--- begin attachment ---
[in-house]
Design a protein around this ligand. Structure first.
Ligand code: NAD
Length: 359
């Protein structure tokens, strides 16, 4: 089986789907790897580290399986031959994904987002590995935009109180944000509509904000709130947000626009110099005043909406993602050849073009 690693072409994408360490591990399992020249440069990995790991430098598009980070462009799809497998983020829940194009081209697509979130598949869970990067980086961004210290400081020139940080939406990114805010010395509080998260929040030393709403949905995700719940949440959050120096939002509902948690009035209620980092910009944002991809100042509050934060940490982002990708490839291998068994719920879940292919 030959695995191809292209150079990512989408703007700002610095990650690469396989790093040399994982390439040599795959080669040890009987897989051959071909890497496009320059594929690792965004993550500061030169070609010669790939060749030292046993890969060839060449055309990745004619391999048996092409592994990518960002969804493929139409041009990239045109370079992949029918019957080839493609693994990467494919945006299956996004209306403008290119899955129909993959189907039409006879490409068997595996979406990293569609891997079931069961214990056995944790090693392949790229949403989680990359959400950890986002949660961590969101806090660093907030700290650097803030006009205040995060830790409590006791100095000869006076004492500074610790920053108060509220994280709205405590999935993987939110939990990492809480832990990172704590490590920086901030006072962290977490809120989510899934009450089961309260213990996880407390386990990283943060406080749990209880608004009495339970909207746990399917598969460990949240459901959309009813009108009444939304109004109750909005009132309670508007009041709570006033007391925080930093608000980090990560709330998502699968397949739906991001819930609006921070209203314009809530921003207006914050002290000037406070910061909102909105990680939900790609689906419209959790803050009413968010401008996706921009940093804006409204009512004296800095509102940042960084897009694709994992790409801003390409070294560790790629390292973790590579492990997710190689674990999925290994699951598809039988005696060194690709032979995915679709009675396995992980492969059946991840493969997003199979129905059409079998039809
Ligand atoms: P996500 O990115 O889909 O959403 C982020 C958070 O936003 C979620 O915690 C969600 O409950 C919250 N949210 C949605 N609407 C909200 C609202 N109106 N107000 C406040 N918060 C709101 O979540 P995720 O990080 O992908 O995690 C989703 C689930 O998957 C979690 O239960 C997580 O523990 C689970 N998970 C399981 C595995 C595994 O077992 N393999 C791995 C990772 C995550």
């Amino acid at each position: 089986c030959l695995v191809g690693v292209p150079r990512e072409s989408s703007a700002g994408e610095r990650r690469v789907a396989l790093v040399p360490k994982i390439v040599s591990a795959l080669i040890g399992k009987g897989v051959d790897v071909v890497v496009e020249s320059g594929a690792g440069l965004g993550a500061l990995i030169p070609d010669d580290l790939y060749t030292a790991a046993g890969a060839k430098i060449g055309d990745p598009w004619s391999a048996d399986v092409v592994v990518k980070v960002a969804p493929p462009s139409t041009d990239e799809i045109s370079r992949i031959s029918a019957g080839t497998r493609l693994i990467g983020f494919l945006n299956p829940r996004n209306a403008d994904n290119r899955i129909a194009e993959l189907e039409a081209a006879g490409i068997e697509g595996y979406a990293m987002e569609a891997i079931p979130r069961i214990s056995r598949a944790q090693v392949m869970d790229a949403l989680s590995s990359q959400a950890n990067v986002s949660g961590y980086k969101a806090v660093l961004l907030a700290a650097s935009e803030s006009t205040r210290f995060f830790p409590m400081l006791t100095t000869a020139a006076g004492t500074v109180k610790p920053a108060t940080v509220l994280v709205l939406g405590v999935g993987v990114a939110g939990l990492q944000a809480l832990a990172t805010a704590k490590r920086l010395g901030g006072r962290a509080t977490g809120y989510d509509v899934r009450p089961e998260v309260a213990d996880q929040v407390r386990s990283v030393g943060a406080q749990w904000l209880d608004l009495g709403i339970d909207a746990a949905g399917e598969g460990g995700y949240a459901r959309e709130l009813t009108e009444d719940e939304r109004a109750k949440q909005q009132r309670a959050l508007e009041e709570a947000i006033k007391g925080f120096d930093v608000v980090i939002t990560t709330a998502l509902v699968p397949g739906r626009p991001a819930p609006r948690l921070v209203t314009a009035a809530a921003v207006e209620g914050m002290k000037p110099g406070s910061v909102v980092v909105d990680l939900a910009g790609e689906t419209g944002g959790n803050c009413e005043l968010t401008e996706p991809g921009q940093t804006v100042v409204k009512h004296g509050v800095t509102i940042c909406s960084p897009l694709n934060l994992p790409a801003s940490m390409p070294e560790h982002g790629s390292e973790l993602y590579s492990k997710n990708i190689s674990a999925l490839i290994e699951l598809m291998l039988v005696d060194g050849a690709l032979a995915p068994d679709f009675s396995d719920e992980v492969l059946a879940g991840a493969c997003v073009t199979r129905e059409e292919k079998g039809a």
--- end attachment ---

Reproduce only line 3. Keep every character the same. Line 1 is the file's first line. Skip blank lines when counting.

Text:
Ligand code: NAD